Hyperactive FOXO1 results in lack of tip stalk identity and deficient microvascular regeneration during kidney injury.

PMID 28711779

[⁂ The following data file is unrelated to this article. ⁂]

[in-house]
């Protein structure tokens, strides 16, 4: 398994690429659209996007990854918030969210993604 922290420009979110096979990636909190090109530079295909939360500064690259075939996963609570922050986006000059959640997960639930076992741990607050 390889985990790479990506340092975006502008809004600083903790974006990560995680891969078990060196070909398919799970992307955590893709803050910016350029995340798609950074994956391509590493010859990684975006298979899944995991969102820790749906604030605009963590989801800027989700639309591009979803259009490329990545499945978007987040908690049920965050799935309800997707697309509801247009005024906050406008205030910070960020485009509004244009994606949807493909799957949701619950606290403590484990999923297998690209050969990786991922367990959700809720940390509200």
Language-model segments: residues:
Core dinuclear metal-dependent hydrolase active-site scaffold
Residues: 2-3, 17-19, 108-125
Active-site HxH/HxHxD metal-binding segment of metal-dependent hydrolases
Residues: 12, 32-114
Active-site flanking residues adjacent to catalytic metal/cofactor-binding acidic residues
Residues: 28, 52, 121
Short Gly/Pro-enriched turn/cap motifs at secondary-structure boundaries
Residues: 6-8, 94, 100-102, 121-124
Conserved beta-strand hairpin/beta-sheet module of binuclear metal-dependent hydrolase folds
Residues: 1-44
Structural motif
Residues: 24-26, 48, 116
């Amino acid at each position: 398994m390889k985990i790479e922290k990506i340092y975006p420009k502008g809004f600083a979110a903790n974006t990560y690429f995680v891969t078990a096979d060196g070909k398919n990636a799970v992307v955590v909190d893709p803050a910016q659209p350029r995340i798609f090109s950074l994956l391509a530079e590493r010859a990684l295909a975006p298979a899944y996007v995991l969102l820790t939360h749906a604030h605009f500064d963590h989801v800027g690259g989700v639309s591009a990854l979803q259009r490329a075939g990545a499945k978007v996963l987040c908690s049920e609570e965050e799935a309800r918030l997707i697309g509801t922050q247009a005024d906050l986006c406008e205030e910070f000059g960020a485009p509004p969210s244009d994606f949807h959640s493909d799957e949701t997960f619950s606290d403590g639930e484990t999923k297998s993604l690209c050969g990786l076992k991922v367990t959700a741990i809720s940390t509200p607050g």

Loss of the microvascular (MV) network results in tissue ischemia, loss of tissue function, and is a hallmark of chronic diseases. The incorporation of a functional vascular network with that of the host remains a challenge to utilizing engineered tissues in clinically relevant therapies. We showed that vascular-bed-specific endothelial cells (ECs) exhibit differing angiogenic capacities, with kidney microvascular endothelial cells (MVECs) being the most deficient, and sought to explore the underlying mechanism. Constitutive activation of the phosphatase PTEN in kidney MVECs resulted in impaired PI3K/AKT activity in response to vascular endothelial growth factor (VEGF). Suppression of PTEN in vivo resulted in microvascular regeneration, but was insufficient to improve tissue function. Promoter analysis of the differentially regulated genes in KMVECs suggests that the transcription factor FOXO1 is highly active and RNAseq analysis revealed that hyperactive FOXO1 inhibits VEGF-Notch-dependent tip-cell formation by direct and indirect inhibition of DLL4 expression in response to VEGF. Inhibition of FOXO1 enhanced angiogenesis in human bio-engineered capillaries, and resulted in microvascular regeneration and improved function in mouse models of injury-repair.